Though Eyes of Laura Mars was released a good two years before Dressed to Kill, it feels like a cheap, soulless retread, initially intriguing through a narrative of art imitating life (too literally, I might add), but director Irvin Kershner (two years before he directed The Empire Strikes Back) finds no way to give its insipid dialogue sequences any verve, life, or meaning. John Carpenter is credited with the story and having co-written the screenplay - likely meaning his initial script was rewritten by David Zelag Goodman (an accredited screenwriter in his own right). I have no evidence or anecdotes to back that theory up, but Carpenter's sense of narrative ingenuity has never relied on such blatant tactics, nor a killer who's woefully evident from the film's very first scene.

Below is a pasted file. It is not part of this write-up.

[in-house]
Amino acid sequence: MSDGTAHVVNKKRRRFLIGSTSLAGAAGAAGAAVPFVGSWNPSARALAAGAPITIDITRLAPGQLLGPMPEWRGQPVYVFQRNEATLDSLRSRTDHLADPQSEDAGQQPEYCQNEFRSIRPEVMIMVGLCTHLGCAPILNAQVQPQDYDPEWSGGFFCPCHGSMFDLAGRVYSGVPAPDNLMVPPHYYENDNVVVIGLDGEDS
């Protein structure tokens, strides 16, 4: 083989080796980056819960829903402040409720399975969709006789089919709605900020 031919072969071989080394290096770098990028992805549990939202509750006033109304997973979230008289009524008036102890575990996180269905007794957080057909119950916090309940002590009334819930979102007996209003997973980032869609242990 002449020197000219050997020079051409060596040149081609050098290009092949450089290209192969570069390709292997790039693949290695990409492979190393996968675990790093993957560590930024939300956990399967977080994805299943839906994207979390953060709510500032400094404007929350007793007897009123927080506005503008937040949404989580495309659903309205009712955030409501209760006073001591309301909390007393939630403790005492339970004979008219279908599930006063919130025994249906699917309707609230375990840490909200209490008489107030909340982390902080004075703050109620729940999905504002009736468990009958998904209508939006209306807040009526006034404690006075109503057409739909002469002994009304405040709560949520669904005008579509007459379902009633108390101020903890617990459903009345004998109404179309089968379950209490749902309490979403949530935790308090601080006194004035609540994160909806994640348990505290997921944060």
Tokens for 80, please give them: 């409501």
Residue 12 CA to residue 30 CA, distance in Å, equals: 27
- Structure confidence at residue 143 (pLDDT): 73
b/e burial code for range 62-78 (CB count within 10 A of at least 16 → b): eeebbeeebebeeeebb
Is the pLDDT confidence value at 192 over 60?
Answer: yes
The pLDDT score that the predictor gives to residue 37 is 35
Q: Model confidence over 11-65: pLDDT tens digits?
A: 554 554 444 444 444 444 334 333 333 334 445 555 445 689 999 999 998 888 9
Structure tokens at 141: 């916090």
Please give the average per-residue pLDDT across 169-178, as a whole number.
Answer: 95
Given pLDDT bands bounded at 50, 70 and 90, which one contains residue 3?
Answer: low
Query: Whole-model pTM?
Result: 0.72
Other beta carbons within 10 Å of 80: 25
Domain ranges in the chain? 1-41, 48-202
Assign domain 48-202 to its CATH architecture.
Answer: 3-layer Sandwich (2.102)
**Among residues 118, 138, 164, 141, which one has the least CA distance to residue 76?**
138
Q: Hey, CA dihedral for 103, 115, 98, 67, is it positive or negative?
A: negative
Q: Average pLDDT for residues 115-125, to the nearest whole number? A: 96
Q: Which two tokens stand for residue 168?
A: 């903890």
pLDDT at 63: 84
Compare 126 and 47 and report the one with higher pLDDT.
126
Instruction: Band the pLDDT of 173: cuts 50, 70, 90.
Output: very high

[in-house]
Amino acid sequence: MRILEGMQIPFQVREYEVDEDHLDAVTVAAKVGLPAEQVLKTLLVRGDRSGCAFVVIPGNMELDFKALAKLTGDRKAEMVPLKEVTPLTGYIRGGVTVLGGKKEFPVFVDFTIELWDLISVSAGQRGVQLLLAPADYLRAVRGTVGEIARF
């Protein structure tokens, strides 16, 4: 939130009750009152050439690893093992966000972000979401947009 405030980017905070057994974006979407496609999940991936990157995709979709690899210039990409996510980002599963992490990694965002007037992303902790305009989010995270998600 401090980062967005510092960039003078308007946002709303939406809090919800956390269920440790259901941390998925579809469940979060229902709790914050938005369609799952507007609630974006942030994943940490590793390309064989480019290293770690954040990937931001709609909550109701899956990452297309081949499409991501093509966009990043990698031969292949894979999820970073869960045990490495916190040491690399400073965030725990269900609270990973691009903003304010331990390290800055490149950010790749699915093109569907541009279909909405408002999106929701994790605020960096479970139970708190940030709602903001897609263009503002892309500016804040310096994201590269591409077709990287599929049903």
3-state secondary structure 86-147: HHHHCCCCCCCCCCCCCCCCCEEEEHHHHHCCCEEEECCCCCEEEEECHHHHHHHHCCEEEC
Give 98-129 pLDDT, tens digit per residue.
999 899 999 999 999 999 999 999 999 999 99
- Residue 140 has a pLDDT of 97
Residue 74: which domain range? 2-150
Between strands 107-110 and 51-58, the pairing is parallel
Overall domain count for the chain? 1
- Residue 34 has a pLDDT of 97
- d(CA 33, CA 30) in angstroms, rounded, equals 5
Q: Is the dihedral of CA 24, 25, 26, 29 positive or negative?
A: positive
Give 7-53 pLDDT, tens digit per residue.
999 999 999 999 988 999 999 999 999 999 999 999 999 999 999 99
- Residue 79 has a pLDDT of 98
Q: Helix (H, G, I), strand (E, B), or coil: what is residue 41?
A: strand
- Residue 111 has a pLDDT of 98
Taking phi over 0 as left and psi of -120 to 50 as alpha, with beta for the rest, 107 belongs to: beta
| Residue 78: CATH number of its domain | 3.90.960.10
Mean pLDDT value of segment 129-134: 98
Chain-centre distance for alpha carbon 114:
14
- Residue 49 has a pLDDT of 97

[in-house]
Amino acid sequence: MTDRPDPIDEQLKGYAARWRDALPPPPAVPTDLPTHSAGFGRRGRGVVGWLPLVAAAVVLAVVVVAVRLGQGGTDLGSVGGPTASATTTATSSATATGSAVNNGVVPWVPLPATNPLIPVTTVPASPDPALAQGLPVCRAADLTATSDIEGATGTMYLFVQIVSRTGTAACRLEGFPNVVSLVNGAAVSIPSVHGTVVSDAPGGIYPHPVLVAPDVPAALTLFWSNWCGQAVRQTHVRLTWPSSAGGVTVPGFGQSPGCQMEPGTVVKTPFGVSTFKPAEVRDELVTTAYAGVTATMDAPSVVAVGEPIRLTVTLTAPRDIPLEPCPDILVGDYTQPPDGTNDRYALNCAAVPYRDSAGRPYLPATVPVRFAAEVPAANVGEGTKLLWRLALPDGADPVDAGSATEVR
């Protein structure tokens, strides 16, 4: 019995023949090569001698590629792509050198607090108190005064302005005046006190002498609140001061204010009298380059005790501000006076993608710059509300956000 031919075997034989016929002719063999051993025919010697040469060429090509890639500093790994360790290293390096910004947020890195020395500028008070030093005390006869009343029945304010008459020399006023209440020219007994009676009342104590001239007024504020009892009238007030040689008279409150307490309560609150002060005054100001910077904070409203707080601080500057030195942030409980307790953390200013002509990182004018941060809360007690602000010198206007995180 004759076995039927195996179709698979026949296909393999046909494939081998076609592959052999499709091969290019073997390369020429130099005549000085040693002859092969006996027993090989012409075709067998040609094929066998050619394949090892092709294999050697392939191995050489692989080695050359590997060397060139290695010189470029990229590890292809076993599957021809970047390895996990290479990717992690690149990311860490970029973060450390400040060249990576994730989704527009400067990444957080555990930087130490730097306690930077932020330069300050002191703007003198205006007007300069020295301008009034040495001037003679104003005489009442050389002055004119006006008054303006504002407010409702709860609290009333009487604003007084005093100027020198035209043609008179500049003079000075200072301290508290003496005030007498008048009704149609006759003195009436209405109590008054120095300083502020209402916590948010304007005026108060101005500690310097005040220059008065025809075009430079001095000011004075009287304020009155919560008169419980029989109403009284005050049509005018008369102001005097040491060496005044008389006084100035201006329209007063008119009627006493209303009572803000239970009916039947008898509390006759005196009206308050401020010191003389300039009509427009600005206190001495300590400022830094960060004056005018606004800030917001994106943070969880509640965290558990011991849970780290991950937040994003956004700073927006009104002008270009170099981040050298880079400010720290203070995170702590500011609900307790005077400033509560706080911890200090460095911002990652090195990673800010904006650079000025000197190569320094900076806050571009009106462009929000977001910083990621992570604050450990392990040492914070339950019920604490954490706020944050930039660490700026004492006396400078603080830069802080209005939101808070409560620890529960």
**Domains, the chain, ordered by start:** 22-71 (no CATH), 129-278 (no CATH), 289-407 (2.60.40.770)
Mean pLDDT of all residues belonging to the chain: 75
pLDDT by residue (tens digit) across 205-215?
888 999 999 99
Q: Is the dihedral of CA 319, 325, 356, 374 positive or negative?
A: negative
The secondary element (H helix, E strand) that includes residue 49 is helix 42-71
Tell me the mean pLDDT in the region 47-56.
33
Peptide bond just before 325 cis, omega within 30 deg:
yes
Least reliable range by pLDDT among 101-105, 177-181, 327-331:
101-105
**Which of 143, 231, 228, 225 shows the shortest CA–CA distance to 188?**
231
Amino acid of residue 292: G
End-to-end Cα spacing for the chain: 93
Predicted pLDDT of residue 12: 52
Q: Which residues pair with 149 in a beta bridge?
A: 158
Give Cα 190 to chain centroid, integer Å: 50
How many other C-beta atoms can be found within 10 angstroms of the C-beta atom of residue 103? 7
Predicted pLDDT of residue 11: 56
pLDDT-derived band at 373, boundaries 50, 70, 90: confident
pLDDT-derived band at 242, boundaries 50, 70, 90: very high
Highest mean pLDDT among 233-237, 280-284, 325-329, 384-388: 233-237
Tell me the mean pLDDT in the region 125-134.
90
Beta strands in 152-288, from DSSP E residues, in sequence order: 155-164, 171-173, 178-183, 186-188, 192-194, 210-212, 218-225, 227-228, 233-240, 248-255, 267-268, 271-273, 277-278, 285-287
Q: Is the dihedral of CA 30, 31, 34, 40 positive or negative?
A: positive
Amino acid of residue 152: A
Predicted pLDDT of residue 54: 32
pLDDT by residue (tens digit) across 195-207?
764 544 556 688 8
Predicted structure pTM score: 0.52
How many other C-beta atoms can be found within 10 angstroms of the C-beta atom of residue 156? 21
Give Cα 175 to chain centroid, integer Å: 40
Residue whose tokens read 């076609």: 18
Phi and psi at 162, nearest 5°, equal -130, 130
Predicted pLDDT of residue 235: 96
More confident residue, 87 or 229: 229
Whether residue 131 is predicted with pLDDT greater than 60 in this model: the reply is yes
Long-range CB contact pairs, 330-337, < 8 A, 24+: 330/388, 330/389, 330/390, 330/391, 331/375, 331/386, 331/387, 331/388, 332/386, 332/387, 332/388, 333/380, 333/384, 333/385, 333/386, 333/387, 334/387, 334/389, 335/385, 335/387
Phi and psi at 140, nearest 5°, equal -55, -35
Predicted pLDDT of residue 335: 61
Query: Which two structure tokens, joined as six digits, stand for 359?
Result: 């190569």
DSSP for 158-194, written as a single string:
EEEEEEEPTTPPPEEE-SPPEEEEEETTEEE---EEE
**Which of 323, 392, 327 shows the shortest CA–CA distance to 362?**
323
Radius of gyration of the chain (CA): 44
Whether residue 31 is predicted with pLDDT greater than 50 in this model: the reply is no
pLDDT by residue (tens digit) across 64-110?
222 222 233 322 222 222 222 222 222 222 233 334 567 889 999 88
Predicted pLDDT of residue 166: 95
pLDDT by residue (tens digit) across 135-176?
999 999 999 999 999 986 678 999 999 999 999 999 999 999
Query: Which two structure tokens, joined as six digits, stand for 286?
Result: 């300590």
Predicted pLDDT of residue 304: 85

Photographer Laura Mars (Faye Dunaway) is releasing a new book of her work; it's being met with criticism by feminists, who claim her photographic art is violent towards and demeans women. Defensive, but persistent, Mars suddenly has a mental flash while shooting one afternoon: she takes the perspective of a murderer. Sure enough, her vision comes true, as do multiple others to follow, leading Mars to seek the comfort of reassuring policeman John Neville (Tommy Lee Jones). Kershner's technique for shooting Mars' delirium never transcends the literal: I-camera stalkings, another inferior rendition of what Carpenter would do in his own Halloween. Moreover, the film's central concern (looking, vision) remains static and uninteresting through its easy posturings and overtly explicit dialogue. There's no fluidity in style or cinematic wonderment here, that necessary element which makes De Palma so damned exhilarating.